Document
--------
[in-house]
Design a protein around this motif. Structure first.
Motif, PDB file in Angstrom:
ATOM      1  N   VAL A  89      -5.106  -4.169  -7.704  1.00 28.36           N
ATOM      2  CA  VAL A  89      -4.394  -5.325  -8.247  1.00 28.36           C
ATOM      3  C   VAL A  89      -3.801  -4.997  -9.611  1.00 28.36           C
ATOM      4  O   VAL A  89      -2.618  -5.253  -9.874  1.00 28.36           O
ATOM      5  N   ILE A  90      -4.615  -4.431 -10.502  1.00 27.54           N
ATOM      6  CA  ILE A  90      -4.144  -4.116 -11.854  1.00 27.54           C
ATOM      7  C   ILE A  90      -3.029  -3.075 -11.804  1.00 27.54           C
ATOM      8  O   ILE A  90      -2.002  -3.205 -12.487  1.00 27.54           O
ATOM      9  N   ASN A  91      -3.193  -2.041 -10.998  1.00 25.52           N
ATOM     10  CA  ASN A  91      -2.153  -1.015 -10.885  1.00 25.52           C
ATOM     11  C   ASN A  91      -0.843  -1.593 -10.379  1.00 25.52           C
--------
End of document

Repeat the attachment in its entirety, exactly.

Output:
[in-house]
Design a protein around this motif. Structure first.
Motif, PDB file in Angstrom:
ATOM      1  N   VAL A  89      -5.106  -4.169  -7.704  1.00 28.36           N
ATOM      2  CA  VAL A  89      -4.394  -5.325  -8.247  1.00 28.36           C
ATOM      3  C   VAL A  89      -3.801  -4.997  -9.611  1.00 28.36           C
ATOM      4  O   VAL A  89      -2.618  -5.253  -9.874  1.00 28.36           O
ATOM      5  N   ILE A  90      -4.615  -4.431 -10.502  1.00 27.54           N
ATOM      6  CA  ILE A  90      -4.144  -4.116 -11.854  1.00 27.54           C
ATOM      7  C   ILE A  90      -3.029  -3.075 -11.804  1.00 27.54           C
ATOM      8  O   ILE A  90      -2.002  -3.205 -12.487  1.00 27.54           O
ATOM      9  N   ASN A  91      -3.193  -2.041 -10.998  1.00 25.52           N
ATOM     10  CA  ASN A  91      -2.153  -1.015 -10.885  1.00 25.52           C
ATOM     11  C   ASN A  91      -0.843  -1.593 -10.379  1.00 25.52           C